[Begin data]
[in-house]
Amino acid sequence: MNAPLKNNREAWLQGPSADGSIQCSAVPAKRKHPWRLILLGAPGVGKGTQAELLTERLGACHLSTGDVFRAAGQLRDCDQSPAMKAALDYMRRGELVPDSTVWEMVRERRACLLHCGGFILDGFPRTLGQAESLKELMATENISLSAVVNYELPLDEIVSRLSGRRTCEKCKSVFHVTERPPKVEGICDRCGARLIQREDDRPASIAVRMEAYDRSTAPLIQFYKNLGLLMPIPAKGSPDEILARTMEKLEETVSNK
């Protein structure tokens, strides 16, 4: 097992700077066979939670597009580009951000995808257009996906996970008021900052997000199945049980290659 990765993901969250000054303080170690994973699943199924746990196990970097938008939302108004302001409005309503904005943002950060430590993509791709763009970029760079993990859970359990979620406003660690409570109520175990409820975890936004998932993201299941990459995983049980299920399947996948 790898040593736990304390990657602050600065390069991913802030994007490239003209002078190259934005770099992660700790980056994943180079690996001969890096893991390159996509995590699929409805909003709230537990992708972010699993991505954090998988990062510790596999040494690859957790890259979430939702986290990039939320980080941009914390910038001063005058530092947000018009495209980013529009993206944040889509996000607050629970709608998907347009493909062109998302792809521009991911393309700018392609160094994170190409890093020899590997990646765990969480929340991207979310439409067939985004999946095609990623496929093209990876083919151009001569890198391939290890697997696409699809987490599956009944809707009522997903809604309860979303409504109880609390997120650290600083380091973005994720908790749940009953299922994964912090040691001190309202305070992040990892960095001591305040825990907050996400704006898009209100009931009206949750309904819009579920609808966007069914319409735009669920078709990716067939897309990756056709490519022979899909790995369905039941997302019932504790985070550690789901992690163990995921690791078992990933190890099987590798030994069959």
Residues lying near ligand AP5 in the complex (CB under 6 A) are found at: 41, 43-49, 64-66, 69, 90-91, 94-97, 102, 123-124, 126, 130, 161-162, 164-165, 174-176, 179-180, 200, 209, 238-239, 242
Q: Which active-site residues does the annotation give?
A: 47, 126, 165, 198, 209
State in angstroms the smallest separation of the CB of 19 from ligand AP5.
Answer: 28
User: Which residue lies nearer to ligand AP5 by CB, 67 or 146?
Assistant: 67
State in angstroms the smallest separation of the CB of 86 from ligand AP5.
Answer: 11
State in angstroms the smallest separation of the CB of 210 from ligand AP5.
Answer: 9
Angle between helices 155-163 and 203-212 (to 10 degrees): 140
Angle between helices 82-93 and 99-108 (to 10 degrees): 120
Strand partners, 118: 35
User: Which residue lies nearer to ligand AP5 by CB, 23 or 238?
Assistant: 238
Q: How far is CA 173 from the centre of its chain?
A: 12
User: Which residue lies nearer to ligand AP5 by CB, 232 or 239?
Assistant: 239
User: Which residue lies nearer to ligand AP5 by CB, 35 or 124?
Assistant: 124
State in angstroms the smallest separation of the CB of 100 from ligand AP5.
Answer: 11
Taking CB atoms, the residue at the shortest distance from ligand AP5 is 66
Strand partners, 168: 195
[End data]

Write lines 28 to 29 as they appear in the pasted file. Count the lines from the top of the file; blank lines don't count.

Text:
Taking CB atoms, the residue at the shortest distance from ligand AP5 is 66
Strand partners, 168: 195